You have to keep in mind that this is northern Norway – land of the Vikings. And yes, there are still a lot of Viking relics around here (some are actually dead). And you haven’t seen Helgeland until you’ve seen the Viking penis (although the proper term for this monument is “the Phallus.”
A Viking view. Lana Rodlie photo
September 20, 2013
The last few days have been a blur, punctuated with rough ferry rides, catamaran tours, gale-force winds, getting lost in the wilderness, and a bomb scare. It all began with the arrival of our friends Doug and Joyce from Nanaimo, B.C. or I should say their “expected” arrival. Continue reading
Our “cabin at the North Pole.”
Well, it isn’t exactly the North Pole but 66.33 degrees N. – the Arctic Circle. Actually, we are not right on the Arctic Circle but you can see it from here.
Why do we come here? For that you have to understand the Norwegian psyche – and I’ve been married to a Norsk for 35 years and I’m only beginning to get it. Dan is a former cargo ship navigator who I stole from the sea, literally; but then we spent the next three-and-a-half decades jumping back and forth between Canada and Norway. Continue reading
The Seven Sisters mountains are actually on an island. They rise about 1,072 meters and tower over the landscape all along the coast. Lana Rodlie photo
Midnight sun. Lana Rodlie photo
Helgeland is that section of Northern Norway where the postcard pastures of green valleys give way to stark barren mountains of rock. These massive mountains stand frozen in time, like petrified remains of giant gods, once worshiped as harbingers of rain, fish or thunder. Millions of islands are sprinkled along the coast. As an old Norwegian saga goes – God molded the mountains out of clay and then shook his massive hands, leaving the clay bits – big, small, connected, alone, distant, close – all growing hard in the midnight sun and reshaped by millions of years of washing by the sea. At various points in time, ice glaciers carved through the granite like giant grindstones. Trees on these islands are small and spindly; branches knotted and gnarled, as if shivering from the cold wind. Low bushes sport various berries: tyttebaer (a smaller version of cranberries) and moltebaer (a kind of wild blonde raspberry). And then the mushy green moss which covers everything from walkways to roof-tops, like a warm blanket. It’s an unforgiveable landscape which accounts for the toughness of the Norwegians. I mean if they could eke out a living on these barren rocks, they could live just about anywhere. Continue reading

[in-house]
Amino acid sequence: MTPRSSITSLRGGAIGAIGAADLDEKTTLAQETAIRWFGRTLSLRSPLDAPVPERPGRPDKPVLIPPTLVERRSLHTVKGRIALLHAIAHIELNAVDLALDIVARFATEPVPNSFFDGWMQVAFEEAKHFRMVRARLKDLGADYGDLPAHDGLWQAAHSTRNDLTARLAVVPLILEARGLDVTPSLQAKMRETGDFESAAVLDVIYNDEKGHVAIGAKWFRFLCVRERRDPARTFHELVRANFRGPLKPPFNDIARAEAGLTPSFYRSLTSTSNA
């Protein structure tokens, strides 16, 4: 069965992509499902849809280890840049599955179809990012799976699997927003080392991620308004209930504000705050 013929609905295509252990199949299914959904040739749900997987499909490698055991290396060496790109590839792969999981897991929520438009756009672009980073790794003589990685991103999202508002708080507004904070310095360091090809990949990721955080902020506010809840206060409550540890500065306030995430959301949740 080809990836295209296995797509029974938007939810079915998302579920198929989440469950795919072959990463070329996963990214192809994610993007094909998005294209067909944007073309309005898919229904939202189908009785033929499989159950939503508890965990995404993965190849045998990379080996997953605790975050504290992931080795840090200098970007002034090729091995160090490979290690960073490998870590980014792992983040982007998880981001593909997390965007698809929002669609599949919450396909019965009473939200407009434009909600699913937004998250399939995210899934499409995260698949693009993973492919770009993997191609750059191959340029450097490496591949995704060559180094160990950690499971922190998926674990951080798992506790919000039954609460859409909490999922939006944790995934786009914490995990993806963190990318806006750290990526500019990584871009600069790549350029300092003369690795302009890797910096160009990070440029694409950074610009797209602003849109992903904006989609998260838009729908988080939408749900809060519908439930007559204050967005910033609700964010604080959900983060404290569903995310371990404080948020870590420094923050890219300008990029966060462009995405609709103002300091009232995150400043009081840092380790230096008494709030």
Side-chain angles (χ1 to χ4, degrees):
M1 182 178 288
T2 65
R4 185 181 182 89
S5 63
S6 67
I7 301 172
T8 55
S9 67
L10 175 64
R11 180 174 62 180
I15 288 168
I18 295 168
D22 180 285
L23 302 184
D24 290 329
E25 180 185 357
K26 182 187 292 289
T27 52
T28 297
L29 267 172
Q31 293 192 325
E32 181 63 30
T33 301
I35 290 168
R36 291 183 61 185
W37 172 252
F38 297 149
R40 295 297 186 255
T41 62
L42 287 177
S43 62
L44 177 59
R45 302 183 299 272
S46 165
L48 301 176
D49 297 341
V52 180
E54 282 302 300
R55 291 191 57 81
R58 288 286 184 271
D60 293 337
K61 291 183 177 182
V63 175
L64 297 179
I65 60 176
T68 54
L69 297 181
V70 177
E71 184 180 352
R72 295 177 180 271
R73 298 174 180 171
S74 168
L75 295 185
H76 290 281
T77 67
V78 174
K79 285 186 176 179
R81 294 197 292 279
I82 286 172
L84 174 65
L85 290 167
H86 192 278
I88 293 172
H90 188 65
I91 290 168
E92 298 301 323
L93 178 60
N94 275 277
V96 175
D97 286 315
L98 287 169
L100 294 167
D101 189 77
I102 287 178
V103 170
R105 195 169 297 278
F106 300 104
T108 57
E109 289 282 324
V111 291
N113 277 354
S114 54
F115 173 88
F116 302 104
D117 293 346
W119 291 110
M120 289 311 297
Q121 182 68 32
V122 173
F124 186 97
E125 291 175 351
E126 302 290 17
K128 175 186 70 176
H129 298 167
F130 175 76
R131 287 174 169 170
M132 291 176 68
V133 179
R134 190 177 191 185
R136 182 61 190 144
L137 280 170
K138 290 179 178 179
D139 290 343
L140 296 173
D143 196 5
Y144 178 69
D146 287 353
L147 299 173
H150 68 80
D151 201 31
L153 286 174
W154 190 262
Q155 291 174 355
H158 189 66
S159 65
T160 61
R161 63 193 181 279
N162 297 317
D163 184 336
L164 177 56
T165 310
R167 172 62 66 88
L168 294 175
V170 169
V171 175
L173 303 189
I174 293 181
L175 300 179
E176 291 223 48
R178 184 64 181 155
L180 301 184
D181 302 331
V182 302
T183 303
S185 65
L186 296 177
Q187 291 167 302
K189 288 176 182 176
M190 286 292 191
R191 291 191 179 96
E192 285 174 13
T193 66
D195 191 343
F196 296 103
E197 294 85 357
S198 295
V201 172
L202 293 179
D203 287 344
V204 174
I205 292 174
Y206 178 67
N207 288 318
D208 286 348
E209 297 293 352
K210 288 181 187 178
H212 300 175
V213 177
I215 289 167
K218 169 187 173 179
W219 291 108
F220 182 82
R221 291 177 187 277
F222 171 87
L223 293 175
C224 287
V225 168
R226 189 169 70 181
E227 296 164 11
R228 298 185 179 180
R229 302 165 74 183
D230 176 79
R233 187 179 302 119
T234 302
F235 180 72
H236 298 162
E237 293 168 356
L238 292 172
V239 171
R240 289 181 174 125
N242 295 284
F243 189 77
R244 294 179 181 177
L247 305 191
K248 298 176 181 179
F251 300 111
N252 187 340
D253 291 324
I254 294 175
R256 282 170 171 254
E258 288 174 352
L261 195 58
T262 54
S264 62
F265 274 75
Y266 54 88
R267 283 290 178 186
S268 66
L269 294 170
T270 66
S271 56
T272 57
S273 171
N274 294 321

Midnight Sun over Herøy.
First published in Viking magazine, March 1993 with current updates and photos.
Helgeland refreshes, revives and replenishes visitors to its island shores.
- The Seven Sisters mountains.
Helgeland is the cool ocean breeze spraying salty mist over the massive rocks that jet out of the sea. It’s the rough tiny islands harboring low-bush tundra mosses and cloudberries. It’s the giant seabirds following the fishing boats homeward in hopes of feasting on some discarded entrails. It’s the home of sagas and legends, trolls and Vikings.
Helgeland, incorporating more than 12,000 islands, is bordered by Sweden to the east, Nord-Trondelag to the south and the Saltfjellet Mountains to the north. Located halfway up the country, it is the geographical center of Norway and is a special hidden treasure few tourists have the pleasure of experiencing. If you’re looking for a place to escape the “civilized” world, this is it. Continue reading